Harper Lee was awarded the Pulitzer Prize in fiction in 1961 for her only novel, To Kill a Mockingbird, based to a large degree on her childhood experiences growing up in Monroeville, Alabama. Her father was a small-town lawyer like Atticus Finch, and an old house in her neighborhood was rumored to have a reclusive owner, rather like Boo Radley. The author stated the character of Dill is based on author Truman Capote, a childhood companion.
The voice narrating the regional story is that of Scout—Jean Louise Finch—revealing the experiences of her childhood from an adult perspective. The novel begins with a discussion of Jem’s broken arm (the last event in the actual plot) and a family history of the Finches in the “tired old town” of Maycomb. Lee presents a dual vision throughout To Kill a Mockingbird. The two plot lines—the attempt to lure Boo Radley out and the trial of Tom Robinson—reinforce the contrasting dual themes of prejudice, ignorance, hypocrisy, and hate, opposed by courage, kindness, tolerance, calm reason—and humor.
The gradual moral awakening and growth of Scout and Jem are centered on their “education” by their father, Atticus, a man of conscience, who patiently counsels—and demonstrates—how they should walk in the other person’s shoes, hold up their heads, and show restraint in the face of hate and ignorance. Atticus suggests the larger theme that the white South of the time would progress when people quit catching “Maycomb’s usual disease.” Those suffering from the disease are “reasonable people [who] go stark raving mad when anything involving a Negro comes up.”
The novel is in part a social history of a small southern town of the Depression period. In the novel, there is much preoccupation of white people with family trees, social class, racial matters, education (the children learn more outside the classroom than in), and superstition. Although the town (and the South) are places of tradition and ingrained habits, where the past often determines the present, the potential for progressive change resides in at least some enlightened people.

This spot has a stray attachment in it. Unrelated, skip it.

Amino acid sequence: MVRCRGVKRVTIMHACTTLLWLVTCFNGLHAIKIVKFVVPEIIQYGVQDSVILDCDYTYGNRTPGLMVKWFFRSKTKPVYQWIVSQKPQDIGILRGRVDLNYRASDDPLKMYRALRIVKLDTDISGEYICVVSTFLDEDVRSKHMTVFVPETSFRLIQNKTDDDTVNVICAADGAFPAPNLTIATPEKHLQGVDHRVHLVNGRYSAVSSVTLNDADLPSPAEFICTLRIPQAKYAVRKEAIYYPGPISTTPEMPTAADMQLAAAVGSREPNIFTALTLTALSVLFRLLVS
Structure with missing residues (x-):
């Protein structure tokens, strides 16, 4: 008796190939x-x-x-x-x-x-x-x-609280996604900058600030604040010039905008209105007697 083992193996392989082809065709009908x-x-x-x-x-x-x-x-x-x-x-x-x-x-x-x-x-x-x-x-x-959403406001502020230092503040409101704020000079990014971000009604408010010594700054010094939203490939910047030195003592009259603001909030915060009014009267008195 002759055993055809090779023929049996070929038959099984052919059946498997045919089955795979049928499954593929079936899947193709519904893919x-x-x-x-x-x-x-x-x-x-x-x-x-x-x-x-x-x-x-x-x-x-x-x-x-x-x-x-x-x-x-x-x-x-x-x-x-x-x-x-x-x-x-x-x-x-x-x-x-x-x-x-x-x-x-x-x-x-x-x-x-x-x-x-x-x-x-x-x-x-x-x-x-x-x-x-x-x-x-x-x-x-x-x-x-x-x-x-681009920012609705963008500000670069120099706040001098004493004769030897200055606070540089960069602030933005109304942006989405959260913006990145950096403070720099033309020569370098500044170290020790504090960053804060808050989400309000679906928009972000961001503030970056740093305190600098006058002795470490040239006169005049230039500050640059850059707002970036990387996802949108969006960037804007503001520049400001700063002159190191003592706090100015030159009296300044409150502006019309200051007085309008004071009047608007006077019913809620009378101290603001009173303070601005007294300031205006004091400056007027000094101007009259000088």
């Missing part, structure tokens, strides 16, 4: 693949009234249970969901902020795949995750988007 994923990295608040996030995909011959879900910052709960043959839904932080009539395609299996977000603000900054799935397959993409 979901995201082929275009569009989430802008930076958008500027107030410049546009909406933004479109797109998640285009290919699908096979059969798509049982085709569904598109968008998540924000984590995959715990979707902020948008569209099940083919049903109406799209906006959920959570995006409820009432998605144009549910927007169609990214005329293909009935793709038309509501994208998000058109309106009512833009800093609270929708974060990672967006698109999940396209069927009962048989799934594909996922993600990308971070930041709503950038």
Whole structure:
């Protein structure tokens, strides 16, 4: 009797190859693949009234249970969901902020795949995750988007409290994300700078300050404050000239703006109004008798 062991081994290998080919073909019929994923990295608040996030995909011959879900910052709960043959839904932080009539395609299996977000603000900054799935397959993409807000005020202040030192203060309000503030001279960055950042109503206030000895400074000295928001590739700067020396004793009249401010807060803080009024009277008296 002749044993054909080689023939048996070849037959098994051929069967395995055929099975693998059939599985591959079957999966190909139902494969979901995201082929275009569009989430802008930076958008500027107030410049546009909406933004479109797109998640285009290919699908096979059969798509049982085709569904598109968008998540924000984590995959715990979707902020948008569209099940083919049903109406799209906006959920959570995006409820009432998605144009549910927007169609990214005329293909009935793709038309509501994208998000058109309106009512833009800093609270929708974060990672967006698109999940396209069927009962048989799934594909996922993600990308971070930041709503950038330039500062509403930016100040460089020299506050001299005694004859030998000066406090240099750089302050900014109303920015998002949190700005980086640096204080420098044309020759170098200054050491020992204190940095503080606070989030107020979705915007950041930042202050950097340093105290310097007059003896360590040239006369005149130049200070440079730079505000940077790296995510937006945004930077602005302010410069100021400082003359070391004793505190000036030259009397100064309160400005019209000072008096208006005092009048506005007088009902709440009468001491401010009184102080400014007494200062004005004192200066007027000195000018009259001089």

The novel is of a genre called bildungsroman, or novel of maturation. In such a novel, the main character journeys through a series of adventures from innocence to experience and mature enlightenment. At the end, the character is prepared for adulthood.
In the three years covered by the novel, Scout and Jem abandon their superstitions about Boo Radley, learn to value townspeople as individuals, develop moral courage in the face of the town’s hypocrisy, realize that justice should be administered without regard to race and class, and, Atticus’s final lesson, learn that most people are nice when you finally come to understand them. The children develop open minds—unprejudiced and individual.
The words “it’s a sin to kill a mockingbird” echo throughout the novel. The songbird is symbolic of innocence and joy allowed to live—or be threatened and destroyed. Robinson and Boo Radley become its human equivalents in the novel. The editor of Maycomb’s newspaper likens the killing of Robinson during his alleged escape attempt to “the senseless slaughter of songbirds,” and Scout says that turning Boo Radley over to the police for killing Bob Ewell would be “sort of like shootin’ a mockingbird.”